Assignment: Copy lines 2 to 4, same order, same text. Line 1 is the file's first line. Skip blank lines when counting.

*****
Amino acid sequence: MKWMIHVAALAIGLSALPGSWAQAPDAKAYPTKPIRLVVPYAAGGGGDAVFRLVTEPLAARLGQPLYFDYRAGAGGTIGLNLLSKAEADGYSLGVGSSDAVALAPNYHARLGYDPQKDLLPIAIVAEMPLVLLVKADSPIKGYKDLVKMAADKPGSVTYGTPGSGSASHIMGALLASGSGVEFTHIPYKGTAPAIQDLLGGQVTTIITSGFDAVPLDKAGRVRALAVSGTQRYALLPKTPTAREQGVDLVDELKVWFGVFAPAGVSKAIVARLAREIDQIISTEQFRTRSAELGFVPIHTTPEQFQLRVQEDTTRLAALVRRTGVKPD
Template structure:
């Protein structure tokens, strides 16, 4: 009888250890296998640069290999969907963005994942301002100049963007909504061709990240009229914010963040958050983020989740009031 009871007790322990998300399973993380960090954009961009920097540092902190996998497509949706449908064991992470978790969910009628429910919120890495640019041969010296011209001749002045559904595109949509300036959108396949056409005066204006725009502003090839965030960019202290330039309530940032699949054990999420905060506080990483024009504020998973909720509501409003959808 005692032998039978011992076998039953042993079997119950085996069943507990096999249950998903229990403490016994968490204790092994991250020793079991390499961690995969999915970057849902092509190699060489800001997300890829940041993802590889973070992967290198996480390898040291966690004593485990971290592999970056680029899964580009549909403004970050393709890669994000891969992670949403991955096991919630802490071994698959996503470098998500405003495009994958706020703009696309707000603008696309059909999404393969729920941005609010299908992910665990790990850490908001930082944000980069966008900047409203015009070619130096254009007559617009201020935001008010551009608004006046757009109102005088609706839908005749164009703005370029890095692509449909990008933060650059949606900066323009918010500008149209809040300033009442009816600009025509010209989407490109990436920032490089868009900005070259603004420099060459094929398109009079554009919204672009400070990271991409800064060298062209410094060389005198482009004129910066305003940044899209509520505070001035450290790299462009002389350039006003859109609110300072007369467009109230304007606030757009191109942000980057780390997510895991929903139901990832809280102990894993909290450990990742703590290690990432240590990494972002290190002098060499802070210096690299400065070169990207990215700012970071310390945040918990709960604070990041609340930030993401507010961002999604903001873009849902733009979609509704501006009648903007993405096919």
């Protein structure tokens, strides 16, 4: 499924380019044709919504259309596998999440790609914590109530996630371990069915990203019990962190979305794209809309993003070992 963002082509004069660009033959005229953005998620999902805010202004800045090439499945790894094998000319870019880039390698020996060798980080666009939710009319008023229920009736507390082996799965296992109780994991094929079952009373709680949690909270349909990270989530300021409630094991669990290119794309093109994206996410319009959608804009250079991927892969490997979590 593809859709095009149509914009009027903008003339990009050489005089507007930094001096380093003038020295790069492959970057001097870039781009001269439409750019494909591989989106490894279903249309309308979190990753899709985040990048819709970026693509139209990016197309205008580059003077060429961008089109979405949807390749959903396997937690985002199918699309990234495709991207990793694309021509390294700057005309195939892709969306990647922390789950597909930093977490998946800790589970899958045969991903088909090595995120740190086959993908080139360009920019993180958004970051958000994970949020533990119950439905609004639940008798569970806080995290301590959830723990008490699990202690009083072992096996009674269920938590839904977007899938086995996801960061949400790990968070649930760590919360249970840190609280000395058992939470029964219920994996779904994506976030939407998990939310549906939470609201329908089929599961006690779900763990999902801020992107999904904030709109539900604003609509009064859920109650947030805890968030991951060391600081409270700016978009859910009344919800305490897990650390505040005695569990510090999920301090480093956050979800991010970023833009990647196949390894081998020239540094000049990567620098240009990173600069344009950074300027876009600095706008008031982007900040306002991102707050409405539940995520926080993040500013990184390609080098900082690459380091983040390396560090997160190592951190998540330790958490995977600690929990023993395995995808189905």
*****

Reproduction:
Template structure:
């Protein structure tokens, strides 16, 4: 009888250890296998640069290999969907963005994942301002100049963007909504061709990240009229914010963040958050983020989740009031 009871007790322990998300399973993380960090954009961009920097540092902190996998497509949706449908064991992470978790969910009628429910919120890495640019041969010296011209001749002045559904595109949509300036959108396949056409005066204006725009502003090839965030960019202290330039309530940032699949054990999420905060506080990483024009504020998973909720509501409003959808 005692032998039978011992076998039953042993079997119950085996069943507990096999249950998903229990403490016994968490204790092994991250020793079991390499961690995969999915970057849902092509190699060489800001997300890829940041993802590889973070992967290198996480390898040291966690004593485990971290592999970056680029899964580009549909403004970050393709890669994000891969992670949403991955096991919630802490071994698959996503470098998500405003495009994958706020703009696309707000603008696309059909999404393969729920941005609010299908992910665990790990850490908001930082944000980069966008900047409203015009070619130096254009007559617009201020935001008010551009608004006046757009109102005088609706839908005749164009703005370029890095692509449909990008933060650059949606900066323009918010500008149209809040300033009442009816600009025509010209989407490109990436920032490089868009900005070259603004420099060459094929398109009079554009919204672009400070990271991409800064060298062209410094060389005198482009004129910066305003940044899209509520505070001035450290790299462009002389350039006003859109609110300072007369467009109230304007606030757009191109942000980057780390997510895991929903139901990832809280102990894993909290450990990742703590290690990432240590990494972002290190002098060499802070210096690299400065070169990207990215700012970071310390945040918990709960604070990041609340930030993401507010961002999604903001873009849902733009979609509704501006009648903007993405096919």
């Protein structure tokens, strides 16, 4: 499924380019044709919504259309596998999440790609914590109530996630371990069915990203019990962190979305794209809309993003070992 963002082509004069660009033959005229953005998620999902805010202004800045090439499945790894094998000319870019880039390698020996060798980080666009939710009319008023229920009736507390082996799965296992109780994991094929079952009373709680949690909270349909990270989530300021409630094991669990290119794309093109994206996410319009959608804009250079991927892969490997979590 593809859709095009149509914009009027903008003339990009050489005089507007930094001096380093003038020295790069492959970057001097870039781009001269439409750019494909591989989106490894279903249309309308979190990753899709985040990048819709970026693509139209990016197309205008580059003077060429961008089109979405949807390749959903396997937690985002199918699309990234495709991207990793694309021509390294700057005309195939892709969306990647922390789950597909930093977490998946800790589970899958045969991903088909090595995120740190086959993908080139360009920019993180958004970051958000994970949020533990119950439905609004639940008798569970806080995290301590959830723990008490699990202690009083072992096996009674269920938590839904977007899938086995996801960061949400790990968070649930760590919360249970840190609280000395058992939470029964219920994996779904994506976030939407998990939310549906939470609201329908089929599961006690779900763990999902801020992107999904904030709109539900604003609509009064859920109650947030805890968030991951060391600081409270700016978009859910009344919800305490897990650390505040005695569990510090999920301090480093956050979800991010970023833009990647196949390894081998020239540094000049990567620098240009990173600069344009950074300027876009600095706008008031982007900040306002991102707050409405539940995520926080993040500013990184390609080098900082690459380091983040390396560090997160190592951190998540330790958490995977600690929990023993395995995808189905």